How cities can unlock up to $60 billion in ROI


Research firm ESI ThoughtLab has published the results of a study conducted to understand how cities can benefit from massive investments in improved, connected and resilient connectivity systems.

The study was conducted within a period of one year across 100 cities, using technology to improve, connect, and secure all areas of their ecosystem.

The study shows how cities can go beyond current smart solutions to become “hyperconnected” hubs to optimise transportation, public health and security, government operations and consumer services.

According to the study:

Cities could collectively enjoy a return on investments of as much as $60 billion if they were to become fully hyperconnected.

The average return on investments on smart city initiatives ranges from 3% to 4% or from $19.6 million per city for hyperconnected beginners to $83 million per city for hyperconnected leaders.

For cities to become hyperconnected, they need to:

  • Craft an evidence-based business case and continuously monitor performance—analysing ROI systematically with the right metrics.
  • Calculate the full benefits including social, business, economic, and environmental benefits.
  • Capitalise on advanced technologies—particularly various forms of AI—while also bearing in mind the importance of cybersecurity.
  • Generate more value from data by gathering, integrating, and monetising it in a responsible way, as well as sharing it with stakeholders as appropriate.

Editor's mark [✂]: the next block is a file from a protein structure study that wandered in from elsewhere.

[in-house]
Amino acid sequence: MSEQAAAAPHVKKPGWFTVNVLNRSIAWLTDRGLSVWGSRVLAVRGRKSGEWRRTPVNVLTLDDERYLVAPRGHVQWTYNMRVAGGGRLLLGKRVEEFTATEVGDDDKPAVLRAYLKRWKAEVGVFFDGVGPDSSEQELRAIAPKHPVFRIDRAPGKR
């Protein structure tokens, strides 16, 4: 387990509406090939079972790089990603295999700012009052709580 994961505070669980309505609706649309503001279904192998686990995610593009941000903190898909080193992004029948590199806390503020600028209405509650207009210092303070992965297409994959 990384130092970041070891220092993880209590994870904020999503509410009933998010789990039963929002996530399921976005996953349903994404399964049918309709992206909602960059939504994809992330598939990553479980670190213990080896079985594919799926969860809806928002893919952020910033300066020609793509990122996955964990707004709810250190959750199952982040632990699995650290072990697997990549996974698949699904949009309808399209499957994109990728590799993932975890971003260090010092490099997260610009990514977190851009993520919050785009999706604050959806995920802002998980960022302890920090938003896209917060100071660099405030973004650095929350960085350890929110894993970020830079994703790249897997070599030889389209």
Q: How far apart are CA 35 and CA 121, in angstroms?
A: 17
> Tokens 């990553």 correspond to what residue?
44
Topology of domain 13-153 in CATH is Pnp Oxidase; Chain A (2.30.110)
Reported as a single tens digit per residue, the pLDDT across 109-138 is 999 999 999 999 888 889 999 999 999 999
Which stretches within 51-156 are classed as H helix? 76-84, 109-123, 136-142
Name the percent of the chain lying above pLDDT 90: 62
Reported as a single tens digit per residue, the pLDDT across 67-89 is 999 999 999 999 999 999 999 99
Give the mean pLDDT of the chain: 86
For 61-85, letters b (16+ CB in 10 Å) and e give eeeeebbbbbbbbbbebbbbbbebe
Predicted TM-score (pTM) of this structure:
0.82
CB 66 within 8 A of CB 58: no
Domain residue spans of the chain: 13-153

• Organise resources within a largely centralised department and drawing on both internal and external staff to operate hyperconnected city programmes.
  • Use the ecosystem effectively, partnering with business and academic communities, but keeping crucial development and implementation tasks in-house.
  • Ensure all citizens are engaged and connected by seeking input from stakeholders and reaching out to disadvantaged populations.

Factors hindering cities from becoming hyperconnected include:

  1. Uncertainty among citizens regarding the effects of new technologies on health, privacy and other interests
  2. The unavailability of funding for smart initiatives
  3. Policy and regulatory barriers—such as those around procurement

Lou Celi, CEO of ESI ThoughtLab, said: “The real value comes not just from using technology to link assets within urban areas, such as mobility, safety, energy, and sustainability, but also from connecting city stakeholders, including governments, citizens, businesses, and academia. When these are all aligned, cities can reap the greatest economic, business, and social rewards.”

The report is available for download here.